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Recent Lincoln School News

Thursday, March 24, 2016

AUSTSWIM Comes to Lincoln School



Ten Lincoln School students and staff engaged in a fantastic professional development program from March 20-24, when AUSTSWIM presenter of the year, Ceri Weeks, flew into Kathmandu from Australia to certify some of our students and PE staff with Australia's national accreditation for the teaching of swimming and water safety. 


Mrs. Weeks was extremely impressed with the program we already have in place at Lincoln School and made recommendations on how we could build on the good work that has already been done. She was very complimentary of our students, teachers and teaching assistants and, upon completion of the course, stated: "It was really great to see the system that was already in place, as well as the communication and support that occurs between teachers, teaching assistants and students in and out of the pool. There has clearly been a lot of thought into the design of the pool and, even more importantly, the design of the Aquatics curriculum that allows all consistent quality feedback and instruction."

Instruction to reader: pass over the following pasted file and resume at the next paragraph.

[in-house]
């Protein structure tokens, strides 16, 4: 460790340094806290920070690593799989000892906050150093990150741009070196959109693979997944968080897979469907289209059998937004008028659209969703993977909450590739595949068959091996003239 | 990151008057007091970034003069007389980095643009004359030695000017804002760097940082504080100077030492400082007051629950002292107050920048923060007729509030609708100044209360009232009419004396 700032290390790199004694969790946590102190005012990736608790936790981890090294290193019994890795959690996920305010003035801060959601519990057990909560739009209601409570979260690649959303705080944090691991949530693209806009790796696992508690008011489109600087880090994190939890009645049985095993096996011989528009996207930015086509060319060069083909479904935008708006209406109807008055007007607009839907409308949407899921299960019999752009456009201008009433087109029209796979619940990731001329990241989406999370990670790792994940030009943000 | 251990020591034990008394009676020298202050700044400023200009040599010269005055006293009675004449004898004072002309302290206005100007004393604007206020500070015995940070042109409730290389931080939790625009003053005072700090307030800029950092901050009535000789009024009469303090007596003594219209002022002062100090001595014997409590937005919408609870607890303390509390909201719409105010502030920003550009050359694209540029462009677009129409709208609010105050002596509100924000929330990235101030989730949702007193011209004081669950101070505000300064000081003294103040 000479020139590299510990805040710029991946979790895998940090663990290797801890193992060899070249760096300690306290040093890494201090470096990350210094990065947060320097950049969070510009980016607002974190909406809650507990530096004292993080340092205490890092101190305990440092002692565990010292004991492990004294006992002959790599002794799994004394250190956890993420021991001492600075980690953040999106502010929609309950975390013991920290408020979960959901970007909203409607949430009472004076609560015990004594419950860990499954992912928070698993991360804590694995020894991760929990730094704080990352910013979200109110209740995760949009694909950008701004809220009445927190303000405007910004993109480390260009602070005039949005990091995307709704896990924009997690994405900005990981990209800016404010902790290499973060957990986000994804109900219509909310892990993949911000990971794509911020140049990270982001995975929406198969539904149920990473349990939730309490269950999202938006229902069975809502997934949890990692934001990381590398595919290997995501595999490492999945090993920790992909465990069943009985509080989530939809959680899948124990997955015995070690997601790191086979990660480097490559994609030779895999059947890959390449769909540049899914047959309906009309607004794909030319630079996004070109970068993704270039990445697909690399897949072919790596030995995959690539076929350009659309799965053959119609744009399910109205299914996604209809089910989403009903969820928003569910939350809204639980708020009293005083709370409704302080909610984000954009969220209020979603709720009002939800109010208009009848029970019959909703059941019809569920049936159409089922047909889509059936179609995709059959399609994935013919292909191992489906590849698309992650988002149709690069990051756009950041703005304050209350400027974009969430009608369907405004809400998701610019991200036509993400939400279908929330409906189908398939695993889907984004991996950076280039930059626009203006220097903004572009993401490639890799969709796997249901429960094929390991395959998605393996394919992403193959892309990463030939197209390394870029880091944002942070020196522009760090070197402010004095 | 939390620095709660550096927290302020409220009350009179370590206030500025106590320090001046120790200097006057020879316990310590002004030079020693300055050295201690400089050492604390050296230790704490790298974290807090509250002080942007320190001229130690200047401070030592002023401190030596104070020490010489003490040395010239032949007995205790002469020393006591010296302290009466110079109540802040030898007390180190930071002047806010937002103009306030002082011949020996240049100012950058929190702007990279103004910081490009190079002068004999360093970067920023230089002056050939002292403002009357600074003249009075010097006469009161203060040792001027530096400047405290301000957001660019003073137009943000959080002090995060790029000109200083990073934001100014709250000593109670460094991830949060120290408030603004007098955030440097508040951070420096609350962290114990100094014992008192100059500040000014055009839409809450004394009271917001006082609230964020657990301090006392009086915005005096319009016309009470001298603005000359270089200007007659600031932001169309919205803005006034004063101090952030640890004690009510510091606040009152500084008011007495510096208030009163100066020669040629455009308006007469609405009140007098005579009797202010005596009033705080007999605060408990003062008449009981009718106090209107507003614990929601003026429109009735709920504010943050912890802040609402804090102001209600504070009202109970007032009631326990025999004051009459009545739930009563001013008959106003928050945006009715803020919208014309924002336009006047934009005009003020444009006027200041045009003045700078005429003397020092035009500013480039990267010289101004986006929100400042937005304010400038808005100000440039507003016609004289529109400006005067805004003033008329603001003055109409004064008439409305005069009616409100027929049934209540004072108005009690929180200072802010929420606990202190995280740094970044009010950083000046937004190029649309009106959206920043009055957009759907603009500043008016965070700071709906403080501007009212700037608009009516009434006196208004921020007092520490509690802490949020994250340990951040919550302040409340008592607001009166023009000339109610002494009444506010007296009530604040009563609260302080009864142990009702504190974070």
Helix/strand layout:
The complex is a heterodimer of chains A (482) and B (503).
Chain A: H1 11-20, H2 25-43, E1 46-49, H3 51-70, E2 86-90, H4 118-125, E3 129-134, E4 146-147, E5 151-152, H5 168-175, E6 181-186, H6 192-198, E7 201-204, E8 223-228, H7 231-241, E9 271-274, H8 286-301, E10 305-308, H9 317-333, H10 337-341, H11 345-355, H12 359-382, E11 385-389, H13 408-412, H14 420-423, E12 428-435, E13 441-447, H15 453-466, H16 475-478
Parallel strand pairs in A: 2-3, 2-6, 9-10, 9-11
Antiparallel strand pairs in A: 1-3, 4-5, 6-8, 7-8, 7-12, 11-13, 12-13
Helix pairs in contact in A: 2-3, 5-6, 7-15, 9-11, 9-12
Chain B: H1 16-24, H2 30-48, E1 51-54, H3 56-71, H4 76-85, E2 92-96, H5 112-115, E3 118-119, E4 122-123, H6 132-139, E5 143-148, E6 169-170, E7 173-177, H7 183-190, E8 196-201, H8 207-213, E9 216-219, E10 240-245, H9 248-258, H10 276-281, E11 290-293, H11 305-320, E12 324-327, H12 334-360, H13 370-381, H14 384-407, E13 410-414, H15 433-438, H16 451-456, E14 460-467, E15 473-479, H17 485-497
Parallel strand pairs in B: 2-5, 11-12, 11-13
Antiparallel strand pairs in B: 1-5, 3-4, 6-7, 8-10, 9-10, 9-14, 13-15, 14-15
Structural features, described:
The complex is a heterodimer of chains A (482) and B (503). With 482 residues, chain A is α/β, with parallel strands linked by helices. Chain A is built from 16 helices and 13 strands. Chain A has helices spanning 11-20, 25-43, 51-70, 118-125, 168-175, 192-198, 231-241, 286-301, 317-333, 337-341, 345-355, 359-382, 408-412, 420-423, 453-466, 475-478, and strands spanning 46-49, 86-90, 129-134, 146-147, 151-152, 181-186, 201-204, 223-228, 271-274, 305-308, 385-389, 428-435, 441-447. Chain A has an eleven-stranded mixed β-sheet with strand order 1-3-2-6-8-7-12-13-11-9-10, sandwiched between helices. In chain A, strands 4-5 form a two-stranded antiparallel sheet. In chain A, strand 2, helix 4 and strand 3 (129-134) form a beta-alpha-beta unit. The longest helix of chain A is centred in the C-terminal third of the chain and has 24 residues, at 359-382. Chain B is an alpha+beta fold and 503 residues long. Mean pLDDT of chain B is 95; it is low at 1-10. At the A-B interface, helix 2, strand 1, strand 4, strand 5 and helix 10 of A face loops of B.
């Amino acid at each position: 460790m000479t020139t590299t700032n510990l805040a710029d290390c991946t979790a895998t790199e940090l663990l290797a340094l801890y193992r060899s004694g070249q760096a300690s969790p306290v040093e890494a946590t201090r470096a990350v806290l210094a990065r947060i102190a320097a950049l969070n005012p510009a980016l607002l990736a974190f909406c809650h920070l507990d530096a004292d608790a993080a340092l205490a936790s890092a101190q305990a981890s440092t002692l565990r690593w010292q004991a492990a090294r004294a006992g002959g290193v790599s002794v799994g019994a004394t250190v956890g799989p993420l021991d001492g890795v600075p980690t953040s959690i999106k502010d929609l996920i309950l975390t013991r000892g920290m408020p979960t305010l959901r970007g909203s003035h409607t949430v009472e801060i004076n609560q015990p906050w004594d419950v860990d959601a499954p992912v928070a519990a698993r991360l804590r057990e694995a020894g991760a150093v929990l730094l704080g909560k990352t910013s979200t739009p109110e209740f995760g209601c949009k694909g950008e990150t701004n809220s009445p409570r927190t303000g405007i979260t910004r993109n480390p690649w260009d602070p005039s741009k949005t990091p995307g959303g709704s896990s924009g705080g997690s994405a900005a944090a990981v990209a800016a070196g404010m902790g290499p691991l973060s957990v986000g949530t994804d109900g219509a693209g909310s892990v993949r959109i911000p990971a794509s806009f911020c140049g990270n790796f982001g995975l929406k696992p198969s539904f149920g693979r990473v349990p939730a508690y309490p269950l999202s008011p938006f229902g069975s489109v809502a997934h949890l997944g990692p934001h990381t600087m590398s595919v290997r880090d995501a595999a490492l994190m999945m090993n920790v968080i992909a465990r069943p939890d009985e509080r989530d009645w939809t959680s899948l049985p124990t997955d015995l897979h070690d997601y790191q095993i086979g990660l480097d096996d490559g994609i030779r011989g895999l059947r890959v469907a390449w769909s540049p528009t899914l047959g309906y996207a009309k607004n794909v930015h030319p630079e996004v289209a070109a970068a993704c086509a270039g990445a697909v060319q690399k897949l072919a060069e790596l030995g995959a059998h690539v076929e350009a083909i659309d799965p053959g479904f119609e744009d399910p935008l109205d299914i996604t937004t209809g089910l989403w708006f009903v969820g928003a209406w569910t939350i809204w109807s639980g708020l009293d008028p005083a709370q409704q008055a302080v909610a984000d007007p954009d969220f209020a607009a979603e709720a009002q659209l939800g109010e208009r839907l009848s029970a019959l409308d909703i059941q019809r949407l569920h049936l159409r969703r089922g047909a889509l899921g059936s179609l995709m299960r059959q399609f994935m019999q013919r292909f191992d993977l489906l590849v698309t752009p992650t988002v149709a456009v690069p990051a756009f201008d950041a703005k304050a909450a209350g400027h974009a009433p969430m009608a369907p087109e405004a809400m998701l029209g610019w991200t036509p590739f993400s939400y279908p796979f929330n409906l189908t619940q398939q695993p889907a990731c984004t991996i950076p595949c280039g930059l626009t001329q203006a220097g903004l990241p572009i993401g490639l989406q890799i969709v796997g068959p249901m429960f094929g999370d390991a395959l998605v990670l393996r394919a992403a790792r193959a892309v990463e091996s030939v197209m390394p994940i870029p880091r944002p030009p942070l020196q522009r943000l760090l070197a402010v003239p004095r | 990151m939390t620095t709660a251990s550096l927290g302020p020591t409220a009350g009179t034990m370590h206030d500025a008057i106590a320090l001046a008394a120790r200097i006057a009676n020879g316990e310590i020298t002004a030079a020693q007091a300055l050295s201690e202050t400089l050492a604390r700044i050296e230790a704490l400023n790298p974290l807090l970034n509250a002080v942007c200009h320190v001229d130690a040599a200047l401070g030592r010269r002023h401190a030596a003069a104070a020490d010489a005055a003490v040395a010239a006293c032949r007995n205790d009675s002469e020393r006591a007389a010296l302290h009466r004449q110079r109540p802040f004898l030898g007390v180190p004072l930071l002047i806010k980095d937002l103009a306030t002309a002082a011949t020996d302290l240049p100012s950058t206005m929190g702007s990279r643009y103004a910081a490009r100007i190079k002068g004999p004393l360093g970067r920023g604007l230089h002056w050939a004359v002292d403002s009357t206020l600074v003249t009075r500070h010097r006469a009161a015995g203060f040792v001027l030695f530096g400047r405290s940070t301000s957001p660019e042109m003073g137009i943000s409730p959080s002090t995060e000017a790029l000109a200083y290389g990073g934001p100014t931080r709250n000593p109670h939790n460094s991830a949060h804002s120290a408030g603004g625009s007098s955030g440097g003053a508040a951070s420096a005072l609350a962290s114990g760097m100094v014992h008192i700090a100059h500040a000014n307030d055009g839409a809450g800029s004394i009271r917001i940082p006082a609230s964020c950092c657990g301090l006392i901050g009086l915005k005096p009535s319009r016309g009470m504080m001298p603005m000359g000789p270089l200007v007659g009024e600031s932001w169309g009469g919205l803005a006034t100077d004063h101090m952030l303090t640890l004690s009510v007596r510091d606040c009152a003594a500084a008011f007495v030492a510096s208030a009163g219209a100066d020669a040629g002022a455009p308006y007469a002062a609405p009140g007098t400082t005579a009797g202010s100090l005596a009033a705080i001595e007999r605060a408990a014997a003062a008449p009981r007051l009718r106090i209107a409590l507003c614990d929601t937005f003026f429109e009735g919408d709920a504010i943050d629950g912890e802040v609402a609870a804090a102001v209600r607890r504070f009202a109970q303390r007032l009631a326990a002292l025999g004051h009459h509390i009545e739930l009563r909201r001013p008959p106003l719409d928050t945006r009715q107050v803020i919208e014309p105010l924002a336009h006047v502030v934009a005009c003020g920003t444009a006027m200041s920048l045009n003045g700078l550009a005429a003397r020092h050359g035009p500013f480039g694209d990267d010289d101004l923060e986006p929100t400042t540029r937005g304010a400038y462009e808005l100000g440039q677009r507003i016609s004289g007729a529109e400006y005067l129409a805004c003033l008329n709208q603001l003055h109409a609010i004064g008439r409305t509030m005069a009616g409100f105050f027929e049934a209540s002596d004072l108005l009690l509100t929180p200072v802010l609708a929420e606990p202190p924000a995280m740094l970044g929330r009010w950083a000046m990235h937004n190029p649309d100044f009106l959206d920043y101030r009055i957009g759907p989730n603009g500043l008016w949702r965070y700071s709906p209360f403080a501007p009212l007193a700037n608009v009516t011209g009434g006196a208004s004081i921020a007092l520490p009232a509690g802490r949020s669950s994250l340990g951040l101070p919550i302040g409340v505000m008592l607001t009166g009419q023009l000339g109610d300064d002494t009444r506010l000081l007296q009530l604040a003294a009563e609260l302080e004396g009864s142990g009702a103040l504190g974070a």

Aquatics Director, Luke Davis said "It was a joy to see all our newly accredited AUSTSWIM teachers working alongside each other in the pool in such a synchronized manner. I am extremely pleased with the program outcomes and the fact that all our Swim teachers are on exactly the same page when it comes to the teaching of swimming and water safety. Because of the success of this program, I am inclined to become an AUSTSWIM presenter myself, which would allow me to lead such training programs in the future."  


Lincoln School now has the 2nd largest amount of AUSTSWIM certified teachers in South Asia and can potentially become an AUSTSWIM learning centre in the future for other candidates. A special mention must also go to Rahab, Shreetika, Niharika, Elisa and Oshina for being such fantastic "student-teachers" and they will soon all qualify to come AUSTSWIM licensed teachers.